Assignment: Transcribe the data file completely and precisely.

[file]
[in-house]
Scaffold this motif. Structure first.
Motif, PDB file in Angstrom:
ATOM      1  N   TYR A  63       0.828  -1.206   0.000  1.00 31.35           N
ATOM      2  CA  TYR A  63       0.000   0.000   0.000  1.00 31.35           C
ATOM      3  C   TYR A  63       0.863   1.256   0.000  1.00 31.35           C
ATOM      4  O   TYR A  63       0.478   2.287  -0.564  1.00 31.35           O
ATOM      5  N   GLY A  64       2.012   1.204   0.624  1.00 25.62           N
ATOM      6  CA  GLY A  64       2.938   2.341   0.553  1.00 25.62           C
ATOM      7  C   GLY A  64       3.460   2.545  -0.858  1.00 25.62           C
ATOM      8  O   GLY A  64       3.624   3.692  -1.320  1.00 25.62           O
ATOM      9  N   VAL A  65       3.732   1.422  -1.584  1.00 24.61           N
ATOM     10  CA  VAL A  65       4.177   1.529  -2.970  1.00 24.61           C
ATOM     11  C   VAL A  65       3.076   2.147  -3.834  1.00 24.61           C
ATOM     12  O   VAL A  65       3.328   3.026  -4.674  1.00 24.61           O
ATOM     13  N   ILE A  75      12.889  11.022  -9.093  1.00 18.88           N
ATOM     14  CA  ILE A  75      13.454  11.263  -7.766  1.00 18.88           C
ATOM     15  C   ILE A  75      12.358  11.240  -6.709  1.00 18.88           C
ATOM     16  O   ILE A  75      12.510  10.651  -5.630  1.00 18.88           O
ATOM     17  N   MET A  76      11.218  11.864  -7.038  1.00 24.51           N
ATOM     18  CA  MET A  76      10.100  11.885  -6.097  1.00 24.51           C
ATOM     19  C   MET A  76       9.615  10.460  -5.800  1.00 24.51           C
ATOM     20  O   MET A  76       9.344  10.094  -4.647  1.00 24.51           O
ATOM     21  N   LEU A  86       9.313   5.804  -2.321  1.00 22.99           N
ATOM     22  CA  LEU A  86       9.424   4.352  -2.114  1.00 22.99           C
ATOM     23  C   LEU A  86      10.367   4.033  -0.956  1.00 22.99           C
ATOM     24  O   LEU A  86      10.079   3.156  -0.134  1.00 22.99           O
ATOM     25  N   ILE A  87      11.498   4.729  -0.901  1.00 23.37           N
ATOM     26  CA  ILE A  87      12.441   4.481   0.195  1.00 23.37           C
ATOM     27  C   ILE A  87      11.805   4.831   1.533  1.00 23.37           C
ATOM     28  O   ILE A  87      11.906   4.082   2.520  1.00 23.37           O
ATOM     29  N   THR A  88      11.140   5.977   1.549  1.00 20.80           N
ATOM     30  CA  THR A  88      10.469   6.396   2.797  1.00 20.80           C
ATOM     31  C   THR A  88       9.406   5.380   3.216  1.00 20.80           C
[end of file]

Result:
[in-house]
Scaffold this motif. Structure first.
Motif, PDB file in Angstrom:
ATOM      1  N   TYR A  63       0.828  -1.206   0.000  1.00 31.35           N
ATOM      2  CA  TYR A  63       0.000   0.000   0.000  1.00 31.35           C
ATOM      3  C   TYR A  63       0.863   1.256   0.000  1.00 31.35           C
ATOM      4  O   TYR A  63       0.478   2.287  -0.564  1.00 31.35           O
ATOM      5  N   GLY A  64       2.012   1.204   0.624  1.00 25.62           N
ATOM      6  CA  GLY A  64       2.938   2.341   0.553  1.00 25.62           C
ATOM      7  C   GLY A  64       3.460   2.545  -0.858  1.00 25.62           C
ATOM      8  O   GLY A  64       3.624   3.692  -1.320  1.00 25.62           O
ATOM      9  N   VAL A  65       3.732   1.422  -1.584  1.00 24.61           N
ATOM     10  CA  VAL A  65       4.177   1.529  -2.970  1.00 24.61           C
ATOM     11  C   VAL A  65       3.076   2.147  -3.834  1.00 24.61           C
ATOM     12  O   VAL A  65       3.328   3.026  -4.674  1.00 24.61           O
ATOM     13  N   ILE A  75      12.889  11.022  -9.093  1.00 18.88           N
ATOM     14  CA  ILE A  75      13.454  11.263  -7.766  1.00 18.88           C
ATOM     15  C   ILE A  75      12.358  11.240  -6.709  1.00 18.88           C
ATOM     16  O   ILE A  75      12.510  10.651  -5.630  1.00 18.88           O
ATOM     17  N   MET A  76      11.218  11.864  -7.038  1.00 24.51           N
ATOM     18  CA  MET A  76      10.100  11.885  -6.097  1.00 24.51           C
ATOM     19  C   MET A  76       9.615  10.460  -5.800  1.00 24.51           C
ATOM     20  O   MET A  76       9.344  10.094  -4.647  1.00 24.51           O
ATOM     21  N   LEU A  86       9.313   5.804  -2.321  1.00 22.99           N
ATOM     22  CA  LEU A  86       9.424   4.352  -2.114  1.00 22.99           C
ATOM     23  C   LEU A  86      10.367   4.033  -0.956  1.00 22.99           C
ATOM     24  O   LEU A  86      10.079   3.156  -0.134  1.00 22.99           O
ATOM     25  N   ILE A  87      11.498   4.729  -0.901  1.00 23.37           N
ATOM     26  CA  ILE A  87      12.441   4.481   0.195  1.00 23.37           C
ATOM     27  C   ILE A  87      11.805   4.831   1.533  1.00 23.37           C
ATOM     28  O   ILE A  87      11.906   4.082   2.520  1.00 23.37           O
ATOM     29  N   THR A  88      11.140   5.977   1.549  1.00 20.80           N
ATOM     30  CA  THR A  88      10.469   6.396   2.797  1.00 20.80           C
ATOM     31  C   THR A  88       9.406   5.380   3.216  1.00 20.80           C